Chapter

Neuropsychological Abnormalities Underlying Specific Learning Disabilities

Yitzchak Frank

in Specific Learning Disabilities

Published on behalf of Oxford University Press

Published in print June 2014 | ISBN: 9780199862955
Published online November 2014 | e-ISBN: 9780199374564 | DOI: https://dx.doi.org/10.1093/med/9780199862955.003.0002
Neuropsychological Abnormalities Underlying Specific Learning Disabilities

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Specific learning disabilities (SLD) are a group of conditions usually distinguished by academic difficulties. Such difficulties can involve reading, (including basic reading skills and comprehension), writing, and arithmetic (including mathematical calculation and reasoning). Other names assigned to these types of learning disabilities are dyslexia, dysgraphia, and dyscalculia, respectively. Most learning disabled children have a combination of these academic difficulties (Shapiro & Gallico, 1986) and the most common is a reading disability or dyslexia with other academic disabilities, for instance spelling or mathematical disability (Badian, 1983). The term “SLD” is, in many ways, a minimalistic term because it refers to, and is measured by, academic underachievement. In reality, individuals with SLD frequently have other difficulties affecting their life. They may have difficulties with motor coordination, motor execution, and study organization. They may have behavioral problems, social deficits, low self-esteem, and oppositional attitudes. They are frequently referred to as being, in general, “immature.”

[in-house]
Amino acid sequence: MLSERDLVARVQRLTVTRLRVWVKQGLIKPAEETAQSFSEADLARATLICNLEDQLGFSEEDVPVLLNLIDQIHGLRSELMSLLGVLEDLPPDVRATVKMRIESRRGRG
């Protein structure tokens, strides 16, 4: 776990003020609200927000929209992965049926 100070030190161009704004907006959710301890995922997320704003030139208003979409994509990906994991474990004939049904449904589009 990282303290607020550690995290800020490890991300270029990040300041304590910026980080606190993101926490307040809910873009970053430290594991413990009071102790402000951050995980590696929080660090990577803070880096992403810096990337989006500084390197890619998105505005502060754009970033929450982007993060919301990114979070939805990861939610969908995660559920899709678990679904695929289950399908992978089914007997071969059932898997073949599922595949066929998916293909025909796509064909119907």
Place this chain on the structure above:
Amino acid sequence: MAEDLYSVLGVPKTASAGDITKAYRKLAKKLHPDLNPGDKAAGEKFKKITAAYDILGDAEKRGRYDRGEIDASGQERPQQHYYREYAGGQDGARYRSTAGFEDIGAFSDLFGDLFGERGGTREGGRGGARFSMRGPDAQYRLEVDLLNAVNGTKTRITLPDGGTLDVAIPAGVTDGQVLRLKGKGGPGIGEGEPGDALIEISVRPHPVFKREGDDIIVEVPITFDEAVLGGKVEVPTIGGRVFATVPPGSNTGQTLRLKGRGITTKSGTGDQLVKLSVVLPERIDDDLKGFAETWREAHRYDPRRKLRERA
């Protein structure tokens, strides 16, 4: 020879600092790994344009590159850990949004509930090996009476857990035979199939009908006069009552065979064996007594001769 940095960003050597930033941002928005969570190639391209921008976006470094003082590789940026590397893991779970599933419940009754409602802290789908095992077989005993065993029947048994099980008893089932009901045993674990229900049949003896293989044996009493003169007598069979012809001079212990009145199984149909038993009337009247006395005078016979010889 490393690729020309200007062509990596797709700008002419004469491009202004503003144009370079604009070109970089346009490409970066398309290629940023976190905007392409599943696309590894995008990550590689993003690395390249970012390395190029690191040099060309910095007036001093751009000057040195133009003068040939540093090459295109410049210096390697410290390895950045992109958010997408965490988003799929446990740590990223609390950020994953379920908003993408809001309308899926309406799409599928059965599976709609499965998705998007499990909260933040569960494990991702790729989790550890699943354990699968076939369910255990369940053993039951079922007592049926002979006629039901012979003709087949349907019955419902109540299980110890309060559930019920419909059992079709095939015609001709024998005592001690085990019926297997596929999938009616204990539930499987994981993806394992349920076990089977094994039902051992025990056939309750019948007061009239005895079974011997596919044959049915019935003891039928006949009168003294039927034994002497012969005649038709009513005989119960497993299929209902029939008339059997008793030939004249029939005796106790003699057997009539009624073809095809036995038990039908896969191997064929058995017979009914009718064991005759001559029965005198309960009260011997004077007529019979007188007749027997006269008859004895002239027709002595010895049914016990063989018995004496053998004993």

Chapter.  6975 words. 

Subjects: Neurology

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